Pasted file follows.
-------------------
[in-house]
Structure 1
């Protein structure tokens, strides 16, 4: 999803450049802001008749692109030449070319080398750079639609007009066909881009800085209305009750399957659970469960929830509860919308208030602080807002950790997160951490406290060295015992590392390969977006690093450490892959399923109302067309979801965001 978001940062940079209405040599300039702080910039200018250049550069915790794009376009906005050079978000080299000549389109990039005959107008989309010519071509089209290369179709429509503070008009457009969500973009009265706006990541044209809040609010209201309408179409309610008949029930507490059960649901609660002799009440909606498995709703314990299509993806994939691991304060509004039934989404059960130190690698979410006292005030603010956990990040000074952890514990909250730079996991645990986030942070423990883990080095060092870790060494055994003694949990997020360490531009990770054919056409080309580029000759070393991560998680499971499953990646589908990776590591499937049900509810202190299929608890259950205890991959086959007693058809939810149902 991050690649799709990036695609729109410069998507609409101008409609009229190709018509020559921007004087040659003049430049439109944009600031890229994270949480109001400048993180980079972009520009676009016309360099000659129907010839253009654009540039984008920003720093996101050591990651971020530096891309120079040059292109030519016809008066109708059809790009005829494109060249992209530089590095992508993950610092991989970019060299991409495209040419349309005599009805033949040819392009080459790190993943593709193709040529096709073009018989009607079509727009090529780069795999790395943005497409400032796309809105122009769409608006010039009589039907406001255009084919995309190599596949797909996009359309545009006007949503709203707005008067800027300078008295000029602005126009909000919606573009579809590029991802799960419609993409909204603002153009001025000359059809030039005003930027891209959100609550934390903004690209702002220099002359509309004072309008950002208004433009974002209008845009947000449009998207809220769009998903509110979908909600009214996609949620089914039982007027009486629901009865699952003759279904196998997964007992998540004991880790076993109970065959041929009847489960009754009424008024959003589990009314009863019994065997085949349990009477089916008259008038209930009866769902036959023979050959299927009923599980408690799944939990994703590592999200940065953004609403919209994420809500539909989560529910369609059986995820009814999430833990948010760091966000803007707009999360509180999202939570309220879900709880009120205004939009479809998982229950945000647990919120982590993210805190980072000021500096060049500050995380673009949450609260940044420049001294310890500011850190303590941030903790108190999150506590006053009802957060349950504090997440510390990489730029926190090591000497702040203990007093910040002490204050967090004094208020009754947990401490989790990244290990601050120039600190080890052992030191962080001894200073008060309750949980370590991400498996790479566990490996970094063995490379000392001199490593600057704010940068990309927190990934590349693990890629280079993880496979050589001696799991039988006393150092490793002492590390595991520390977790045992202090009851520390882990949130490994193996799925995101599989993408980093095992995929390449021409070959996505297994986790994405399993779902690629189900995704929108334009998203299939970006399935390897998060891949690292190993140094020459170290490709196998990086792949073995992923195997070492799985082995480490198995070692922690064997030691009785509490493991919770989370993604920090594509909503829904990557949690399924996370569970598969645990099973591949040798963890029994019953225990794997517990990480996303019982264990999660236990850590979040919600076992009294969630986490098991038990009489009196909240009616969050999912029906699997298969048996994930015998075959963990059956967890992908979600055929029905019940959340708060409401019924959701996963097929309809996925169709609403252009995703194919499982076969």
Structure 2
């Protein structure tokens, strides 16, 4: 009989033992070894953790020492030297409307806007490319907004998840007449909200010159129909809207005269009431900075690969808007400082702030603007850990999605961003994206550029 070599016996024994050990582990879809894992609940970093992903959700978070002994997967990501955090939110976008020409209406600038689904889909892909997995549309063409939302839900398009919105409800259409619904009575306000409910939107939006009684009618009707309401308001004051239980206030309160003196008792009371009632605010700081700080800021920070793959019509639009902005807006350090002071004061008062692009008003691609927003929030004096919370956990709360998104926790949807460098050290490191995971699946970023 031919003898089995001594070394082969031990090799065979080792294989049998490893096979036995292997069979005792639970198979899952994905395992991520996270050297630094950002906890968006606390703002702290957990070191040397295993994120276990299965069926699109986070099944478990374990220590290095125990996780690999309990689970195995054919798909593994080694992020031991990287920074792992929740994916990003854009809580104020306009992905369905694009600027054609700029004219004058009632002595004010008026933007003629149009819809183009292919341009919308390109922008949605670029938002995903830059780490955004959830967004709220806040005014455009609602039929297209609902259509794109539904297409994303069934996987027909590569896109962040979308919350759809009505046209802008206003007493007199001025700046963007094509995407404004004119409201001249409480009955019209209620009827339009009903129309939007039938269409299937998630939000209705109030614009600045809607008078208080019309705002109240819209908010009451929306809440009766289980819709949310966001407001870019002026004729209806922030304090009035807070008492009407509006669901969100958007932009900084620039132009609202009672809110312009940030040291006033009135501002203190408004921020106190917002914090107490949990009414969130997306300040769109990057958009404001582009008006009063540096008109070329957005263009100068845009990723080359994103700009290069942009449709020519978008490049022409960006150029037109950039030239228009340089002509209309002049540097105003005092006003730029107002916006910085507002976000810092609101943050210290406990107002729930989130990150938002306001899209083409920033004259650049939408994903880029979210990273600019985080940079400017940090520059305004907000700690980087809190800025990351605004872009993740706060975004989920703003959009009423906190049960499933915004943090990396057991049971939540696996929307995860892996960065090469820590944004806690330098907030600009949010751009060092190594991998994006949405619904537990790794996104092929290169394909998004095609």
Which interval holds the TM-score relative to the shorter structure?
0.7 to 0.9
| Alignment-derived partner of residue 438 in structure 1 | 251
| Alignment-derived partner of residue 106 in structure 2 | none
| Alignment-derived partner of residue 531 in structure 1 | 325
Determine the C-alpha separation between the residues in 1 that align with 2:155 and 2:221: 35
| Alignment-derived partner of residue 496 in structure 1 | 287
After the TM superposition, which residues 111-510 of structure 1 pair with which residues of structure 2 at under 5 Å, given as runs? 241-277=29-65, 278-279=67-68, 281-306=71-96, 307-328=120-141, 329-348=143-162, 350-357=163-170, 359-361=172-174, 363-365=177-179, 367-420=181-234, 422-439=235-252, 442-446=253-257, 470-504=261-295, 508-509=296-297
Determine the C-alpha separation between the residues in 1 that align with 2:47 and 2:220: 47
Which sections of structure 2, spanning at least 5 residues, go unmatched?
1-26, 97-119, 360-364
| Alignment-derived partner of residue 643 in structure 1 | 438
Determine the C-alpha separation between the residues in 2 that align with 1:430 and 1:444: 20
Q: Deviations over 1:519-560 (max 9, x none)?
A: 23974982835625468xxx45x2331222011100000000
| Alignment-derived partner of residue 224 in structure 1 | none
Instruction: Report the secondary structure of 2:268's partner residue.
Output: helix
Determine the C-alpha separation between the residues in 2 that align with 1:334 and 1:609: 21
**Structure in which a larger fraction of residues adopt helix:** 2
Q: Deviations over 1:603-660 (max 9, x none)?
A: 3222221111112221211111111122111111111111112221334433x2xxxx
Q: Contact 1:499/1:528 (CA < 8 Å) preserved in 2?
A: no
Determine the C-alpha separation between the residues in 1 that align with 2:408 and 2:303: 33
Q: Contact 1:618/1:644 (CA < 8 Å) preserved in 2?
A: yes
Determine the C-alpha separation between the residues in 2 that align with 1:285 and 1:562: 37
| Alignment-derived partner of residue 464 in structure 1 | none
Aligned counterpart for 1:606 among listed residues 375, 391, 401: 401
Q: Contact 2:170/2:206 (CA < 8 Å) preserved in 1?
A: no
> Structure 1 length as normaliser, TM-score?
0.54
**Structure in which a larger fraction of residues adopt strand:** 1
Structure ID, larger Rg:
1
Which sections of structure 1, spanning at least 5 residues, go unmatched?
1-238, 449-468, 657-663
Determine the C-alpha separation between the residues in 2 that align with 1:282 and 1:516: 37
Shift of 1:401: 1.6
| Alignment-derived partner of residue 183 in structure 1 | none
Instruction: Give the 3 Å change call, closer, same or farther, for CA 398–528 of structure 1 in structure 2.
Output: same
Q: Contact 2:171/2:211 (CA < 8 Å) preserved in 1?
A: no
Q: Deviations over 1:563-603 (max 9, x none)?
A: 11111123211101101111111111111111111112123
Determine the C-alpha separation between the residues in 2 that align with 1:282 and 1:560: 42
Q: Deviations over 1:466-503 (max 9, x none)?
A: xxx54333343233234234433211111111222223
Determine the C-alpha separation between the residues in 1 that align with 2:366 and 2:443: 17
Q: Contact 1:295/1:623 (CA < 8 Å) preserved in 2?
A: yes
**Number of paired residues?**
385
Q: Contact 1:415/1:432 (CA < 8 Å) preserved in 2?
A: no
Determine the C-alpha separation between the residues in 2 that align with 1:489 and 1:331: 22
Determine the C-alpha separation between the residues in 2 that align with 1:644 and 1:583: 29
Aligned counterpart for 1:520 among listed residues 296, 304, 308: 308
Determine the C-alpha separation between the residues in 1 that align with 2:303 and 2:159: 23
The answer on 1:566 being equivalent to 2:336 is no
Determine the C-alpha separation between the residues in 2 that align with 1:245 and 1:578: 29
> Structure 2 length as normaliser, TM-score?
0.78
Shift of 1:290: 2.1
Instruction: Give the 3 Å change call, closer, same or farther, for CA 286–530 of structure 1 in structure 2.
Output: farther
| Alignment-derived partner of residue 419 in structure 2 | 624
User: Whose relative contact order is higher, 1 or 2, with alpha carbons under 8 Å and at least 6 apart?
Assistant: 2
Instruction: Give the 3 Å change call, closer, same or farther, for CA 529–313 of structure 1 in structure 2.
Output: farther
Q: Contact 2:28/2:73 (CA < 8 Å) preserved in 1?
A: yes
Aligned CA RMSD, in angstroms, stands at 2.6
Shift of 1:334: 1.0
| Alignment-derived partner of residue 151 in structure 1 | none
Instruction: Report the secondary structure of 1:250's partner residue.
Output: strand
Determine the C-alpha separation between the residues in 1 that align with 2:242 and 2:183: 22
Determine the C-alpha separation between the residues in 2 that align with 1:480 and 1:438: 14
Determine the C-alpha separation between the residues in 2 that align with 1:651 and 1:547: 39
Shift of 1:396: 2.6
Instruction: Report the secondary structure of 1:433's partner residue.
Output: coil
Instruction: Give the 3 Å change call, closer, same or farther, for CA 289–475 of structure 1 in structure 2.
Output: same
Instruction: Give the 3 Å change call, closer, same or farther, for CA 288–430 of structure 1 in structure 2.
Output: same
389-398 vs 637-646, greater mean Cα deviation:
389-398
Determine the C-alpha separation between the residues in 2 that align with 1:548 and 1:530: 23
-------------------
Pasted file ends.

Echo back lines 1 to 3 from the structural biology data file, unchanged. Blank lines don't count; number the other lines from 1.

[in-house]
Structure 1
């Protein structure tokens, strides 16, 4: 999803450049802001008749692109030449070319080398750079639609007009066909881009800085209305009750399957659970469960929830509860919308208030602080807002950790997160951490406290060295015992590392390969977006690093450490892959399923109302067309979801965001 978001940062940079209405040599300039702080910039200018250049550069915790794009376009906005050079978000080299000549389109990039005959107008989309010519071509089209290369179709429509503070008009457009969500973009009265706006990541044209809040609010209201309408179409309610008949029930507490059960649901609660002799009440909606498995709703314990299509993806994939691991304060509004039934989404059960130190690698979410006292005030603010956990990040000074952890514990909250730079996991645990986030942070423990883990080095060092870790060494055994003694949990997020360490531009990770054919056409080309580029000759070393991560998680499971499953990646589908990776590591499937049900509810202190299929608890259950205890991959086959007693058809939810149902 991050690649799709990036695609729109410069998507609409101008409609009229190709018509020559921007004087040659003049430049439109944009600031890229994270949480109001400048993180980079972009520009676009016309360099000659129907010839253009654009540039984008920003720093996101050591990651971020530096891309120079040059292109030519016809008066109708059809790009005829494109060249992209530089590095992508993950610092991989970019060299991409495209040419349309005599009805033949040819392009080459790190993943593709193709040529096709073009018989009607079509727009090529780069795999790395943005497409400032796309809105122009769409608006010039009589039907406001255009084919995309190599596949797909996009359309545009006007949503709203707005008067800027300078008295000029602005126009909000919606573009579809590029991802799960419609993409909204603002153009001025000359059809030039005003930027891209959100609550934390903004690209702002220099002359509309004072309008950002208004433009974002209008845009947000449009998207809220769009998903509110979908909600009214996609949620089914039982007027009486629901009865699952003759279904196998997964007992998540004991880790076993109970065959041929009847489960009754009424008024959003589990009314009863019994065997085949349990009477089916008259008038209930009866769902036959023979050959299927009923599980408690799944939990994703590592999200940065953004609403919209994420809500539909989560529910369609059986995820009814999430833990948010760091966000803007707009999360509180999202939570309220879900709880009120205004939009479809998982229950945000647990919120982590993210805190980072000021500096060049500050995380673009949450609260940044420049001294310890500011850190303590941030903790108190999150506590006053009802957060349950504090997440510390990489730029926190090591000497702040203990007093910040002490204050967090004094208020009754947990401490989790990244290990601050120039600190080890052992030191962080001894200073008060309750949980370590991400498996790479566990490996970094063995490379000392001199490593600057704010940068990309927190990934590349693990890629280079993880496979050589001696799991039988006393150092490793002492590390595991520390977790045992202090009851520390882990949130490994193996799925995101599989993408980093095992995929390449021409070959996505297994986790994405399993779902690629189900995704929108334009998203299939970006399935390897998060891949690292190993140094020459170290490709196998990086792949073995992923195997070492799985082995480490198995070692922690064997030691009785509490493991919770989370993604920090594509909503829904990557949690399924996370569970598969645990099973591949040798963890029994019953225990794997517990990480996303019982264990999660236990850590979040919600076992009294969630986490098991038990009489009196909240009616969050999912029906699997298969048996994930015998075959963990059956967890992908979600055929029905019940959340708060409401019924959701996963097929309809996925169709609403252009995703194919499982076969």